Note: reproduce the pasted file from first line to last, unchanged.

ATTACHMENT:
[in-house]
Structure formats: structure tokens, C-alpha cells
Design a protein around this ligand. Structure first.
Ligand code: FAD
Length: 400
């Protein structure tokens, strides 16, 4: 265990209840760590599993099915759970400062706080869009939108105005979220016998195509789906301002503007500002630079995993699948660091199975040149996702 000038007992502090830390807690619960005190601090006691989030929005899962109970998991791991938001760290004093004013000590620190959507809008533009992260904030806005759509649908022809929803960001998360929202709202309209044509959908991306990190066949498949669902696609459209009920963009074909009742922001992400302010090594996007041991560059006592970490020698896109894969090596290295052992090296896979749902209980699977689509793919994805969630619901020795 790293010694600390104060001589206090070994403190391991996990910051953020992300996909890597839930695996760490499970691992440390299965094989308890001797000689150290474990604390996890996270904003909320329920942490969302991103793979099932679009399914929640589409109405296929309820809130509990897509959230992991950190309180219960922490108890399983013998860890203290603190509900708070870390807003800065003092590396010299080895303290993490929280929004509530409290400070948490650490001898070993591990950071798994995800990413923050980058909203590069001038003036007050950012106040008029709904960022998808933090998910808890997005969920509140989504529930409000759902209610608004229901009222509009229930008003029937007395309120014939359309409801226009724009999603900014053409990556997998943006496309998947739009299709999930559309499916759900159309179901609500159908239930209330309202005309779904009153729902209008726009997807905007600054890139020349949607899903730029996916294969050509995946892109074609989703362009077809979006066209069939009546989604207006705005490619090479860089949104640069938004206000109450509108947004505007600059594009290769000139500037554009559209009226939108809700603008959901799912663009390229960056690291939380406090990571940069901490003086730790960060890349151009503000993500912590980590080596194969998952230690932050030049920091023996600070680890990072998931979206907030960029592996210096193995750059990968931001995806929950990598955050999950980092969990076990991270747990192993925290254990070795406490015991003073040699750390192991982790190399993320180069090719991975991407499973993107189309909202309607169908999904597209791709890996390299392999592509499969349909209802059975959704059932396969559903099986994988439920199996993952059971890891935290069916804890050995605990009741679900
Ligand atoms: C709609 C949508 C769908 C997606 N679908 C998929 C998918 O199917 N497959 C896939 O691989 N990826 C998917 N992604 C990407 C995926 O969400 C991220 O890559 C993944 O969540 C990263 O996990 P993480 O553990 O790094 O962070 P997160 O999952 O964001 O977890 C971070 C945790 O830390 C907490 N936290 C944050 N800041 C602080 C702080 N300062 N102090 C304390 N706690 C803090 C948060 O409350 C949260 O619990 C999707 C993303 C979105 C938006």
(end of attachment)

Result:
[in-house]
Structure formats: structure tokens, C-alpha cells
Design a protein around this ligand. Structure first.
Ligand code: FAD
Length: 400
């Protein structure tokens, strides 16, 4: 265990209840760590599993099915759970400062706080869009939108105005979220016998195509789906301002503007500002630079995993699948660091199975040149996702 000038007992502090830390807690619960005190601090006691989030929005899962109970998991791991938001760290004093004013000590620190959507809008533009992260904030806005759509649908022809929803960001998360929202709202309209044509959908991306990190066949498949669902696609459209009920963009074909009742922001992400302010090594996007041991560059006592970490020698896109894969090596290295052992090296896979749902209980699977689509793919994805969630619901020795 790293010694600390104060001589206090070994403190391991996990910051953020992300996909890597839930695996760490499970691992440390299965094989308890001797000689150290474990604390996890996270904003909320329920942490969302991103793979099932679009399914929640589409109405296929309820809130509990897509959230992991950190309180219960922490108890399983013998860890203290603190509900708070870390807003800065003092590396010299080895303290993490929280929004509530409290400070948490650490001898070993591990950071798994995800990413923050980058909203590069001038003036007050950012106040008029709904960022998808933090998910808890997005969920509140989504529930409000759902209610608004229901009222509009229930008003029937007395309120014939359309409801226009724009999603900014053409990556997998943006496309998947739009299709999930559309499916759900159309179901609500159908239930209330309202005309779904009153729902209008726009997807905007600054890139020349949607899903730029996916294969050509995946892109074609989703362009077809979006066209069939009546989604207006705005490619090479860089949104640069938004206000109450509108947004505007600059594009290769000139500037554009559209009226939108809700603008959901799912663009390229960056690291939380406090990571940069901490003086730790960060890349151009503000993500912590980590080596194969998952230690932050030049920091023996600070680890990072998931979206907030960029592996210096193995750059990968931001995806929950990598955050999950980092969990076990991270747990192993925290254990070795406490015991003073040699750390192991982790190399993320180069090719991975991407499973993107189309909202309607169908999904597209791709890996390299392999592509499969349909209802059975959704059932396969559903099986994988439920199996993952059971890891935290069916804890050995605990009741679900
Ligand atoms: C709609 C949508 C769908 C997606 N679908 C998929 C998918 O199917 N497959 C896939 O691989 N990826 C998917 N992604 C990407 C995926 O969400 C991220 O890559 C993944 O969540 C990263 O996990 P993480 O553990 O790094 O962070 P997160 O999952 O964001 O977890 C971070 C945790 O830390 C907490 N936290 C944050 N800041 C602080 C702080 N300062 N102090 C304390 N706690 C803090 C948060 O409350 C949260 O619990 C999707 C993303 C979105 C938006």